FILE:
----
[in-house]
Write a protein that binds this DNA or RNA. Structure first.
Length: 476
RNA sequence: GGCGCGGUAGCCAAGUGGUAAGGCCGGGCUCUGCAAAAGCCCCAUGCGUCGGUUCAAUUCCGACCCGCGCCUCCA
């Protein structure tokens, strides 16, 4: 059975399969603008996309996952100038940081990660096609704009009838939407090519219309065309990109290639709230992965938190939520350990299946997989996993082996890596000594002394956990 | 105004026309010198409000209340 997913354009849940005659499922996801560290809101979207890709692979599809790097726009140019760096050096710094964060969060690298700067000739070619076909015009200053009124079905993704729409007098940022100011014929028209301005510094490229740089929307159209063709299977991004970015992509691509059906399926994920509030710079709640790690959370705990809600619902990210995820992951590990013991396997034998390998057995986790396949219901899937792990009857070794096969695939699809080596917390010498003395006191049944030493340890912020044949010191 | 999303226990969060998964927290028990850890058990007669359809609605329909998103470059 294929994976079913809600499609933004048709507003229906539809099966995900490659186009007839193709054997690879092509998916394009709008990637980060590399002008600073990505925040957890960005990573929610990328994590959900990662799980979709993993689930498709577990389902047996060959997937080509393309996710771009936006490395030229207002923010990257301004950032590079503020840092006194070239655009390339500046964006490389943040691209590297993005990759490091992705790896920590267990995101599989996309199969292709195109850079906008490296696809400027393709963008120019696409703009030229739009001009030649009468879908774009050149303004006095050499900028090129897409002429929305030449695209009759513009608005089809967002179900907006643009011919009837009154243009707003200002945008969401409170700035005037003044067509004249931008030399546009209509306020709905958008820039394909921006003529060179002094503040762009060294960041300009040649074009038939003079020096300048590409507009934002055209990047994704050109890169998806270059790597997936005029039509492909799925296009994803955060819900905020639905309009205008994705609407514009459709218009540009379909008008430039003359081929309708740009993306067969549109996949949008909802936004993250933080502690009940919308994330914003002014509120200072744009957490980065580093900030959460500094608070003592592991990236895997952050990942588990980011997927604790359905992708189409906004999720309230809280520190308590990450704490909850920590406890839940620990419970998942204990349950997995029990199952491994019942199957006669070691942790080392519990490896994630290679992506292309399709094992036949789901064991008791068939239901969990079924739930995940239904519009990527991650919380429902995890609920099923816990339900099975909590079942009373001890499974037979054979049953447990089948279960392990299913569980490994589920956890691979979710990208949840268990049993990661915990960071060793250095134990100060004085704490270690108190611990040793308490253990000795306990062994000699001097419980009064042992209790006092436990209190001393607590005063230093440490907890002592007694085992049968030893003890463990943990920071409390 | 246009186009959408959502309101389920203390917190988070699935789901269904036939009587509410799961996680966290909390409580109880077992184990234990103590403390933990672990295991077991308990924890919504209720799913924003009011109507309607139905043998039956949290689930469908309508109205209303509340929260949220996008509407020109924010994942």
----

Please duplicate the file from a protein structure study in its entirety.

[in-house]
Write a protein that binds this DNA or RNA. Structure first.
Length: 476
RNA sequence: GGCGCGGUAGCCAAGUGGUAAGGCCGGGCUCUGCAAAAGCCCCAUGCGUCGGUUCAAUUCCGACCCGCGCCUCCA
């Protein structure tokens, strides 16, 4: 059975399969603008996309996952100038940081990660096609704009009838939407090519219309065309990109290639709230992965938190939520350990299946997989996993082996890596000594002394956990 | 105004026309010198409000209340 997913354009849940005659499922996801560290809101979207890709692979599809790097726009140019760096050096710094964060969060690298700067000739070619076909015009200053009124079905993704729409007098940022100011014929028209301005510094490229740089929307159209063709299977991004970015992509691509059906399926994920509030710079709640790690959370705990809600619902990210995820992951590990013991396997034998390998057995986790396949219901899937792990009857070794096969695939699809080596917390010498003395006191049944030493340890912020044949010191 | 999303226990969060998964927290028990850890058990007669359809609605329909998103470059 294929994976079913809600499609933004048709507003229906539809099966995900490659186009007839193709054997690879092509998916394009709008990637980060590399002008600073990505925040957890960005990573929610990328994590959900990662799980979709993993689930498709577990389902047996060959997937080509393309996710771009936006490395030229207002923010990257301004950032590079503020840092006194070239655009390339500046964006490389943040691209590297993005990759490091992705790896920590267990995101599989996309199969292709195109850079906008490296696809400027393709963008120019696409703009030229739009001009030649009468879908774009050149303004006095050499900028090129897409002429929305030449695209009759513009608005089809967002179900907006643009011919009837009154243009707003200002945008969401409170700035005037003044067509004249931008030399546009209509306020709905958008820039394909921006003529060179002094503040762009060294960041300009040649074009038939003079020096300048590409507009934002055209990047994704050109890169998806270059790597997936005029039509492909799925296009994803955060819900905020639905309009205008994705609407514009459709218009540009379909008008430039003359081929309708740009993306067969549109996949949008909802936004993250933080502690009940919308994330914003002014509120200072744009957490980065580093900030959460500094608070003592592991990236895997952050990942588990980011997927604790359905992708189409906004999720309230809280520190308590990450704490909850920590406890839940620990419970998942204990349950997995029990199952491994019942199957006669070691942790080392519990490896994630290679992506292309399709094992036949789901064991008791068939239901969990079924739930995940239904519009990527991650919380429902995890609920099923816990339900099975909590079942009373001890499974037979054979049953447990089948279960392990299913569980490994589920956890691979979710990208949840268990049993990661915990960071060793250095134990100060004085704490270690108190611990040793308490253990000795306990062994000699001097419980009064042992209790006092436990209190001393607590005063230093440490907890002592007694085992049968030893003890463990943990920071409390 | 246009186009959408959502309101389920203390917190988070699935789901269904036939009587509410799961996680966290909390409580109880077992184990234990103590403390933990672990295991077991308990924890919504209720799913924003009011109507309607139905043998039956949290689930469908309508109205209303509340929260949220996008509407020109924010994942």